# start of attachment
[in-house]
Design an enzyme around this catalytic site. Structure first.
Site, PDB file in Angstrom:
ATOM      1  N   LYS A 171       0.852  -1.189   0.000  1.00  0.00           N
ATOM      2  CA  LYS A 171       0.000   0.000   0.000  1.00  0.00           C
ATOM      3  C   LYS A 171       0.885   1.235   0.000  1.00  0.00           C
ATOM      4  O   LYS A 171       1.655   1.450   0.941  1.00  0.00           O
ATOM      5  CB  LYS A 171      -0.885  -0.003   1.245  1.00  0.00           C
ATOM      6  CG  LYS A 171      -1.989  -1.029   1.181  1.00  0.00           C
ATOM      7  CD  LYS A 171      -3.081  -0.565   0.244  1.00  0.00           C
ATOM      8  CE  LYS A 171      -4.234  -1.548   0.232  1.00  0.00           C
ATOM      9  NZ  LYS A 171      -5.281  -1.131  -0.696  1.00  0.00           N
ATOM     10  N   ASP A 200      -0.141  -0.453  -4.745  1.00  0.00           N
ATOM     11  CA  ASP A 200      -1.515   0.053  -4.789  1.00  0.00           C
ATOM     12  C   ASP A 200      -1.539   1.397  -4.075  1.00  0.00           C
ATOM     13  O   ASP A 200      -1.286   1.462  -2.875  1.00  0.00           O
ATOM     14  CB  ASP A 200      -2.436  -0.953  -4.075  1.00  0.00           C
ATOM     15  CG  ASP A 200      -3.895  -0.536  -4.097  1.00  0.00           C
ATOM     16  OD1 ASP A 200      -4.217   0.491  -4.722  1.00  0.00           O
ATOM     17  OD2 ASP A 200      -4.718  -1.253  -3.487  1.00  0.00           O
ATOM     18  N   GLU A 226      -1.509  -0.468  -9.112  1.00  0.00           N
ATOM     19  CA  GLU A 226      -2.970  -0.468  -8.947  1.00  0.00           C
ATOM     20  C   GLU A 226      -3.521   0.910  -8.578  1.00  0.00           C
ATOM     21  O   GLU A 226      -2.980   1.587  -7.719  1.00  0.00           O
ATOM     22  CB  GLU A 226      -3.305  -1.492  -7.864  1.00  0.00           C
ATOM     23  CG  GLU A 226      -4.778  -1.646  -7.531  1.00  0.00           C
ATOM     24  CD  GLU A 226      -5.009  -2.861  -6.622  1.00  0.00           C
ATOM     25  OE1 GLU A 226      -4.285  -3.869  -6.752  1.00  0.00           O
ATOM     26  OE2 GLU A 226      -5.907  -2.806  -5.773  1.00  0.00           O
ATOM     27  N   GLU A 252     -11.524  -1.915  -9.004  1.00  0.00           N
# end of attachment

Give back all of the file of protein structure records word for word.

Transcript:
[in-house]
Design an enzyme around this catalytic site. Structure first.
Site, PDB file in Angstrom:
ATOM      1  N   LYS A 171       0.852  -1.189   0.000  1.00  0.00           N
ATOM      2  CA  LYS A 171       0.000   0.000   0.000  1.00  0.00           C
ATOM      3  C   LYS A 171       0.885   1.235   0.000  1.00  0.00           C
ATOM      4  O   LYS A 171       1.655   1.450   0.941  1.00  0.00           O
ATOM      5  CB  LYS A 171      -0.885  -0.003   1.245  1.00  0.00           C
ATOM      6  CG  LYS A 171      -1.989  -1.029   1.181  1.00  0.00           C
ATOM      7  CD  LYS A 171      -3.081  -0.565   0.244  1.00  0.00           C
ATOM      8  CE  LYS A 171      -4.234  -1.548   0.232  1.00  0.00           C
ATOM      9  NZ  LYS A 171      -5.281  -1.131  -0.696  1.00  0.00           N
ATOM     10  N   ASP A 200      -0.141  -0.453  -4.745  1.00  0.00           N
ATOM     11  CA  ASP A 200      -1.515   0.053  -4.789  1.00  0.00           C
ATOM     12  C   ASP A 200      -1.539   1.397  -4.075  1.00  0.00           C
ATOM     13  O   ASP A 200      -1.286   1.462  -2.875  1.00  0.00           O
ATOM     14  CB  ASP A 200      -2.436  -0.953  -4.075  1.00  0.00           C
ATOM     15  CG  ASP A 200      -3.895  -0.536  -4.097  1.00  0.00           C
ATOM     16  OD1 ASP A 200      -4.217   0.491  -4.722  1.00  0.00           O
ATOM     17  OD2 ASP A 200      -4.718  -1.253  -3.487  1.00  0.00           O
ATOM     18  N   GLU A 226      -1.509  -0.468  -9.112  1.00  0.00           N
ATOM     19  CA  GLU A 226      -2.970  -0.468  -8.947  1.00  0.00           C
ATOM     20  C   GLU A 226      -3.521   0.910  -8.578  1.00  0.00           C
ATOM     21  O   GLU A 226      -2.980   1.587  -7.719  1.00  0.00           O
ATOM     22  CB  GLU A 226      -3.305  -1.492  -7.864  1.00  0.00           C
ATOM     23  CG  GLU A 226      -4.778  -1.646  -7.531  1.00  0.00           C
ATOM     24  CD  GLU A 226      -5.009  -2.861  -6.622  1.00  0.00           C
ATOM     25  OE1 GLU A 226      -4.285  -3.869  -6.752  1.00  0.00           O
ATOM     26  OE2 GLU A 226      -5.907  -2.806  -5.773  1.00  0.00           O
ATOM     27  N   GLU A 252     -11.524  -1.915  -9.004  1.00  0.00           N